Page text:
When Jane Moore first fell ill, about two months before her untimely death in March 2004, she was working on the concluding chapter of her PhD thesis.
To get this far had been a long and hard battle, both with the data and with herself, but aggressively-metastatic skin cancer prevented her from completing the work.
Jane's doctoral research at University College London (UCL) investigated what both genetics and craniometrics can tell us about the relationships and history of modern and ancient populations of Sudan.
Born in 1962, Jane grew up in Little Rock, Arkansas. As an archetypal tomboy she very much enjoyed exploring the wilderness that was part of the family farm in western Arkansas; experiences that shaped her eagerness for fieldwork in later years.
Her father, a neurosurgeon with interests in all things anthropological, was a major influence, laying the basis for Jane's eventual career choice. Initially, however, she only briefly attended university. Full of energy and wanting to be independent, she embarked on a successful business career in medical database management.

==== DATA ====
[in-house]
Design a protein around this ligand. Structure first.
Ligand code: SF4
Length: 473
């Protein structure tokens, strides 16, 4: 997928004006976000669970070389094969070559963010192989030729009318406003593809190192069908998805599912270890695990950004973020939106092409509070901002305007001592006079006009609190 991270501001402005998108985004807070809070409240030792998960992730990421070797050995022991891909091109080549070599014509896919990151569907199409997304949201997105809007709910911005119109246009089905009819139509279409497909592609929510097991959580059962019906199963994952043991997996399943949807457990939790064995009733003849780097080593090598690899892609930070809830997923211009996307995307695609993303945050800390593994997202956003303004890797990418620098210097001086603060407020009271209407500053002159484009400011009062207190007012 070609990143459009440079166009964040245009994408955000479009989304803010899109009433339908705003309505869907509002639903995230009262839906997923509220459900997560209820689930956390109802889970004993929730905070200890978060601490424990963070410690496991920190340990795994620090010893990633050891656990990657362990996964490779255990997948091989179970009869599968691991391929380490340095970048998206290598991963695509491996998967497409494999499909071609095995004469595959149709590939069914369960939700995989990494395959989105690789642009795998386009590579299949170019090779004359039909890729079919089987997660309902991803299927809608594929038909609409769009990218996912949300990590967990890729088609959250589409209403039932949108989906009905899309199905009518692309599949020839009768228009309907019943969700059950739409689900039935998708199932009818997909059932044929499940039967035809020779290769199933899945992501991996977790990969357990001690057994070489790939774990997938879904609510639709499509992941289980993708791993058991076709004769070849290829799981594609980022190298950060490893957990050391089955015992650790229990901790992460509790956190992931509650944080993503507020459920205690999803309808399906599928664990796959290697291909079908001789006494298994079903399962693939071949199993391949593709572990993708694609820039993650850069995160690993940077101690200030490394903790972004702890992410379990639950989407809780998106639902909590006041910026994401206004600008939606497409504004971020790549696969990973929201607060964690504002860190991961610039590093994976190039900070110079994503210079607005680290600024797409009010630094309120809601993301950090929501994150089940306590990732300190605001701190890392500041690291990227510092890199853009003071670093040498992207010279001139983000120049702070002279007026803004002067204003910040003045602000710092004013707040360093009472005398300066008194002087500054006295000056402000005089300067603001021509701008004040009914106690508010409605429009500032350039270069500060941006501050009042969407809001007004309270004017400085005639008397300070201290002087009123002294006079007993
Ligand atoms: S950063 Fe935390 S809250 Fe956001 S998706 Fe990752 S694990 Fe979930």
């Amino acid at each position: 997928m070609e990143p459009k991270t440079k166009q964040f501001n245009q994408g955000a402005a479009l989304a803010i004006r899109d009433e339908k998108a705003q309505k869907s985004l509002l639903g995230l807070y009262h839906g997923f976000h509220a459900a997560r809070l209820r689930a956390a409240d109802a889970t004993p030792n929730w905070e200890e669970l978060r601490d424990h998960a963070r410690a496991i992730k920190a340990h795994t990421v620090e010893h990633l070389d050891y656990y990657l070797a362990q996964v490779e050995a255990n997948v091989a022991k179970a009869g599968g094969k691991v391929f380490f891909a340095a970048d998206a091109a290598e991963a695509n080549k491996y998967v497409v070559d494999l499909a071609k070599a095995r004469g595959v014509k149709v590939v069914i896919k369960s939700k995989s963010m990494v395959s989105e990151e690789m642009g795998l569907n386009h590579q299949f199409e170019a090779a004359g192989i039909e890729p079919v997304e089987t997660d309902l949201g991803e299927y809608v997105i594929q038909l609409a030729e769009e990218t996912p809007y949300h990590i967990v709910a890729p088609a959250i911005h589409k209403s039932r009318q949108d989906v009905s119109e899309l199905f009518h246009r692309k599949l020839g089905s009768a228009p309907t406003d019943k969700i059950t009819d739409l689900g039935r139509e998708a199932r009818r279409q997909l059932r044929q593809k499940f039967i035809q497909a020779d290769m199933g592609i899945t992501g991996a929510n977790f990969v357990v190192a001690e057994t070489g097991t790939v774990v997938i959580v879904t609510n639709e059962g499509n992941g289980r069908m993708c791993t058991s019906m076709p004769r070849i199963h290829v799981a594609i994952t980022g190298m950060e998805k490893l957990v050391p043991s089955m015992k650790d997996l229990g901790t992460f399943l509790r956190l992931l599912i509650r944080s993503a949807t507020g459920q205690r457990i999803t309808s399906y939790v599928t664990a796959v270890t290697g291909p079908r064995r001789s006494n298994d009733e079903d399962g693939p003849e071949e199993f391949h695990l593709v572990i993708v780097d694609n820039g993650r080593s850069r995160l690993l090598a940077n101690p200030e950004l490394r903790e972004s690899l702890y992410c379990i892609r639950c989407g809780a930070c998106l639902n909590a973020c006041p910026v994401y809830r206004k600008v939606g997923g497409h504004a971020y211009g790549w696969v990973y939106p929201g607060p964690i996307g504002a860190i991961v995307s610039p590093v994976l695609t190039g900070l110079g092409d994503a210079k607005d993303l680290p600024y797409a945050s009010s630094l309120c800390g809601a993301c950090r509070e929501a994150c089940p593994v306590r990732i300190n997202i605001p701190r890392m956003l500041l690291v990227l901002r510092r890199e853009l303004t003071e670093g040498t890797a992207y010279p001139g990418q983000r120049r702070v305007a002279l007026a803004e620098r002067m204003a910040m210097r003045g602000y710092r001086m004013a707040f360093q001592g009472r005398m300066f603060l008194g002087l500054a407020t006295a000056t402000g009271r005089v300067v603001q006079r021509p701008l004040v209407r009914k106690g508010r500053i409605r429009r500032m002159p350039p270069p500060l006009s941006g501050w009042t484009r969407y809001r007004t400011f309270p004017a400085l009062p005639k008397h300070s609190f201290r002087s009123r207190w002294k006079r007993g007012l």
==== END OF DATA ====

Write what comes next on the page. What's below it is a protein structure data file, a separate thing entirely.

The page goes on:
She moved to San Francisco, and lived the 1980s boom years to the full. But in the end there remained the question whether this was truly what she wanted to do with her life. Consequently, she went back to university in the early 1990s, working shifts on the maternity ward of UCSF hospital to fund her studies.
In 1994 she graduated from the University of California at Berkeley with a BA in anthropology. During that time she did projects in palaeopathology and taphonomy, in part during a summer internship at the Smithsonian Institution under Donald Ortner. In the last year Jane was taught by Jean Jacques Hublin, who invited her to participate in his 1994 summer fieldwork in Zafarraya, southern Spain. This is where we met, with the result that she moved to London later that year.
At Berkeley Jane had reviewed the literature on the taphonomic conditions for the survival of DNA in bone and teeth. Now she wanted to pursue this further, and for a year she worked under Erika Hagelberg at the University of Cambridge, to learn the practicalities of DNA extraction and sequencing.